In 2022, Sanofi partnered with Enable Injections, a Cincinnati, Ohio-based company developing and manufacturing on-body subcutaneous drug-delivery systems as an alternative to intravenous (IV) administration. The partnership is part of a EUR 300-million ($309 million) collaboration between Sanofi and the investment firm, Blackstone Life Sciences, to advance the clinical development program for the subcutaneous formulation and delivery of Sanofi’s Sarclisa (isatuximab-irfc), a drug for treating multiple myeloma. The drug is already approved for IV administration, and Sanofi is partnering with Enable Injections for the subcutaneous administration. Enable’s enFuse is a drug-delivery technology designed as an alternative to IV administration to enable subcutaneous delivery of large volumes of up to 50 mL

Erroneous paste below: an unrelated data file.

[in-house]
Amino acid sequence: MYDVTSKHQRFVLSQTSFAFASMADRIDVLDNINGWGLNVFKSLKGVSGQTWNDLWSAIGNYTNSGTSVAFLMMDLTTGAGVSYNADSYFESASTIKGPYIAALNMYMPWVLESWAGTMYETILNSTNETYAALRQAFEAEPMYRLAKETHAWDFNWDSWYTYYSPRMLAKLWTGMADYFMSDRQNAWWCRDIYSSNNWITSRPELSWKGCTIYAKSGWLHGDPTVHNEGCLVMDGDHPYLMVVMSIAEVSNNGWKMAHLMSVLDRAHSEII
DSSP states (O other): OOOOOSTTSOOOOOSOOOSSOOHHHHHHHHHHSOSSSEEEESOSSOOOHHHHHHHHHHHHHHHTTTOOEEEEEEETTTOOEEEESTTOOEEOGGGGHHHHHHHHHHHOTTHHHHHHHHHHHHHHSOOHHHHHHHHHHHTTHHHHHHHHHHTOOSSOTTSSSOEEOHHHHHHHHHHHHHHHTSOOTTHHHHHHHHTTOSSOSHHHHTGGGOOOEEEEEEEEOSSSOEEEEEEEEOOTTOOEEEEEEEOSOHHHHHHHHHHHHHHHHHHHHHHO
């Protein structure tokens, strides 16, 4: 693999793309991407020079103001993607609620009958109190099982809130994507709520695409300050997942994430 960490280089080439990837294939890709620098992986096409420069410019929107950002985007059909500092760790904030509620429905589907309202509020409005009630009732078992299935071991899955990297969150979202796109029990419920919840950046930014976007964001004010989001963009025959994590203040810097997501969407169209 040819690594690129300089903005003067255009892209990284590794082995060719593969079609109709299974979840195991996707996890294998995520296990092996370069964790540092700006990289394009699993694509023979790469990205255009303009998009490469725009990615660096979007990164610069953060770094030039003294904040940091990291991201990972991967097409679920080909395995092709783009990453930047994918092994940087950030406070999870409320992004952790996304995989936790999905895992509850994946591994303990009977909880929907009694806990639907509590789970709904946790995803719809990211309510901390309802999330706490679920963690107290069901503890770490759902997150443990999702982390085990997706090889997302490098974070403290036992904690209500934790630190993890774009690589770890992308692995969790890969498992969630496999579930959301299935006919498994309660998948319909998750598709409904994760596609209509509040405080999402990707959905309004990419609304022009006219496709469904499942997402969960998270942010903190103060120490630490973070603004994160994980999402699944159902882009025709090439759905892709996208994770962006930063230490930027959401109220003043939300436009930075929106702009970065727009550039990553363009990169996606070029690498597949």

In 2022, West Pharmaceutical Services, a provider of products and services for injectable drug administration, took a minority ownership interest in Latch Medical, a Dublin, Ireland-based provider of vaccine and biologics delivery technology. Latch Medical’s Pharma Latch technology provides two delivery-device platforms that allow for intradermal delivery of vaccines and biologics by using either hollow or coated microneedles to deliver and disperse vaccine and biologics payloads. Latch Medical was spun out of the University College Dublin in 2019.
1. Reports and Data, “Pharma and Healthcare – Injectable Drug Delivery Market,” April 2023.